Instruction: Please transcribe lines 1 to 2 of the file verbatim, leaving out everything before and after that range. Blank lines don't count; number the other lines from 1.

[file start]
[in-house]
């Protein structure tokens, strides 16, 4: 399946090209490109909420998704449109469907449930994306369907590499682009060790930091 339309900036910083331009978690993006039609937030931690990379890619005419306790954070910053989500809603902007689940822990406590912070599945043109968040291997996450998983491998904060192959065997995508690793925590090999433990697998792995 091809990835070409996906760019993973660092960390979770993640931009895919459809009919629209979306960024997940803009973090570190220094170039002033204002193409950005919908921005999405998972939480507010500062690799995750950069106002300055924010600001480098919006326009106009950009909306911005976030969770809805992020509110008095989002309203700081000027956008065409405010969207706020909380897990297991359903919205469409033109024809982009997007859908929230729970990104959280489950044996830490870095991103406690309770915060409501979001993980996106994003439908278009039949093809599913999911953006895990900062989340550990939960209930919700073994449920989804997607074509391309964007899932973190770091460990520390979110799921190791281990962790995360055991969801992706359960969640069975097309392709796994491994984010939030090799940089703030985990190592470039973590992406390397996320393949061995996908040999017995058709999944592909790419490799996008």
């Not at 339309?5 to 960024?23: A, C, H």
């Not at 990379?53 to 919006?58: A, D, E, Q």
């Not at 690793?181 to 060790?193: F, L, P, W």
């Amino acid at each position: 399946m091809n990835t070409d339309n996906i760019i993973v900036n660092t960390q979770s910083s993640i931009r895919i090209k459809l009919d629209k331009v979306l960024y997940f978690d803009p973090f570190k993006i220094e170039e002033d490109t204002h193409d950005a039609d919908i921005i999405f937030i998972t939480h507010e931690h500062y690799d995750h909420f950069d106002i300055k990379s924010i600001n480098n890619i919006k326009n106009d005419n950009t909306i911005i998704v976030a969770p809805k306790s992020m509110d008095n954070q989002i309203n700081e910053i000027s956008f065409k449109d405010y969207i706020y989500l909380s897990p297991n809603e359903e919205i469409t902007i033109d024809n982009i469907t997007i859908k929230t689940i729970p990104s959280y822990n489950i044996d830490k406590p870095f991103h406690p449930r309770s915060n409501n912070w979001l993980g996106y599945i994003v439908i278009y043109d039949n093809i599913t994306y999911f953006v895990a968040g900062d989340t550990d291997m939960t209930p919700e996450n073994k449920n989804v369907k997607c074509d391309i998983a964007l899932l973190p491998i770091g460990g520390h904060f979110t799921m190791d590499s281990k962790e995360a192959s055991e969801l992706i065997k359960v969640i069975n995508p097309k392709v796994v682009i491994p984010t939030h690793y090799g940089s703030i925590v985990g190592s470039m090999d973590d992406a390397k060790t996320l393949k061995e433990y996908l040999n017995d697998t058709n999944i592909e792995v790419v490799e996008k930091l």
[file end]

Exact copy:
[in-house]
């Protein structure tokens, strides 16, 4: 399946090209490109909420998704449109469907449930994306369907590499682009060790930091 339309900036910083331009978690993006039609937030931690990379890619005419306790954070910053989500809603902007689940822990406590912070599945043109968040291997996450998983491998904060192959065997995508690793925590090999433990697998792995 091809990835070409996906760019993973660092960390979770993640931009895919459809009919629209979306960024997940803009973090570190220094170039002033204002193409950005919908921005999405998972939480507010500062690799995750950069106002300055924010600001480098919006326009106009950009909306911005976030969770809805992020509110008095989002309203700081000027956008065409405010969207706020909380897990297991359903919205469409033109024809982009997007859908929230729970990104959280489950044996830490870095991103406690309770915060409501979001993980996106994003439908278009039949093809599913999911953006895990900062989340550990939960209930919700073994449920989804997607074509391309964007899932973190770091460990520390979110799921190791281990962790995360055991969801992706359960969640069975097309392709796994491994984010939030090799940089703030985990190592470039973590992406390397996320393949061995996908040999017995058709999944592909790419490799996008």